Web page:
AFRICA: AFSIA webinar on solar energy use in agriculture

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AFRICA: AFSIA webinar on solar energy use in agriculture©EAKNARIN JITONG/Shutterstock

The African Solar Industry Association (AFSIA) is organising on Thursday, August 6, 2020 an online seminar on the use of solar energy in the agriculture sector in Africa. The webinar will bring together experts who will exchange on new technologies, as well as the financing of solar photovoltaic systems for agriculture.

With a population estimated by the United Nations Population Fund (UNFPA) at 1.3055 billion people (2019), Africa is experiencing rapid population growth and some experts believe that Africa’s population could double by 2050. Africa should rely more on agriculture to meet the food needs of its population. The coronavirus health crisis and subsequent travel restrictions show the drawbacks of relying on food exports.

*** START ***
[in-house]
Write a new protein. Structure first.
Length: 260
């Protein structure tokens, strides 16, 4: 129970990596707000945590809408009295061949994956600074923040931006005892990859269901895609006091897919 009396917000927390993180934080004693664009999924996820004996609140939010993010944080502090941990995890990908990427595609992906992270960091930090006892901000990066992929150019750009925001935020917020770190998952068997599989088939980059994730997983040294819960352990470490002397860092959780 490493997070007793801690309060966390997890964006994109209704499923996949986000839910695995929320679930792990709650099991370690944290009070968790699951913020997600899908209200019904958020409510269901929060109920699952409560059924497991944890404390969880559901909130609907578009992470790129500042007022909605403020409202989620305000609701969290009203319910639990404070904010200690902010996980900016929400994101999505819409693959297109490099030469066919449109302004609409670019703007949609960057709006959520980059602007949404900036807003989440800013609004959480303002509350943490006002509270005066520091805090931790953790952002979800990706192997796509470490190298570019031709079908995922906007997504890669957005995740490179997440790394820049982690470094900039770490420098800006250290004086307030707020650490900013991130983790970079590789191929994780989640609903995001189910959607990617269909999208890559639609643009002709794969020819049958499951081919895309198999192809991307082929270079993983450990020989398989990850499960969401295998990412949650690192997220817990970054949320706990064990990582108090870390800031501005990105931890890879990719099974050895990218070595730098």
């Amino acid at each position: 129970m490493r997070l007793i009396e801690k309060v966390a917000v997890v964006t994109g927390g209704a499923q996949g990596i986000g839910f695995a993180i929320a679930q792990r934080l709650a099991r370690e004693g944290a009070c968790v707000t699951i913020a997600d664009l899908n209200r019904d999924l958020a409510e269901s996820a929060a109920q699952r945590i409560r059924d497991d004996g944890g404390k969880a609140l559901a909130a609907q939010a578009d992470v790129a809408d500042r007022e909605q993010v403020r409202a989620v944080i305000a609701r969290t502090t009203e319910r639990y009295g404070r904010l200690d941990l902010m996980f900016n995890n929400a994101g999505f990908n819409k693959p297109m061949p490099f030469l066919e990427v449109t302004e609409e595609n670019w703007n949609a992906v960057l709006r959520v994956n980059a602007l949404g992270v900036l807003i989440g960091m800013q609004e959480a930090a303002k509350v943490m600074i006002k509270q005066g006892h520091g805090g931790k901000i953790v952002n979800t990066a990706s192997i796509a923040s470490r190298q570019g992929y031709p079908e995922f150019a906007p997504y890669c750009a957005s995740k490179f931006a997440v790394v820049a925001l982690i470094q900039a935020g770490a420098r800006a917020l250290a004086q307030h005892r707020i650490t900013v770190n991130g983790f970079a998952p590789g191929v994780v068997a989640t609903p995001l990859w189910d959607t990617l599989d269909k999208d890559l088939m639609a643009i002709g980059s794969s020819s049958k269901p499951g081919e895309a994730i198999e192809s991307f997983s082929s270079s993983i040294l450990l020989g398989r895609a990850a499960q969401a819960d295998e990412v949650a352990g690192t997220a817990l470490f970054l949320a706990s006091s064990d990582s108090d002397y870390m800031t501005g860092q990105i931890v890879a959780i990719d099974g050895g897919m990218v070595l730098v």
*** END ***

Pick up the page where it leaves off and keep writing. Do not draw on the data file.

To increase and secure food production, Africa should invest in more environmentally friendly agriculture. This includes the integration of solar energy into environmentally friendly agricultural production processes. It is to highlight the applications of solar energy in agriculture that the African Solar Industry Association (AFSIA) is organizing a webinar on Thursday, August 6, 2020.

This webinar will also be an opportunity to discover the latest technologies and innovations used to improve agricultural yields through the use of solar energy. The experts who will take part in the online event will also discuss business models of “successful companies that help farmers get more out of their land”. The organization of this webinar also demonstrates the progressive democratization of solar energy in agriculture in Africa.

In localities with arid climates, this renewable energy source is used to power irrigation systems. In Rwanda, for example, as part of a $54 million project, U.S. businessman Howard Graham Buffett built a 3.3 MWp solar photovoltaic power plant and a 2.4 MWh battery storage system. The solar-powered irrigation system benefits 2,000 small farmers in the Nasho area of eastern Rwanda.

For more information, click here.

Jean Marie Takouleu


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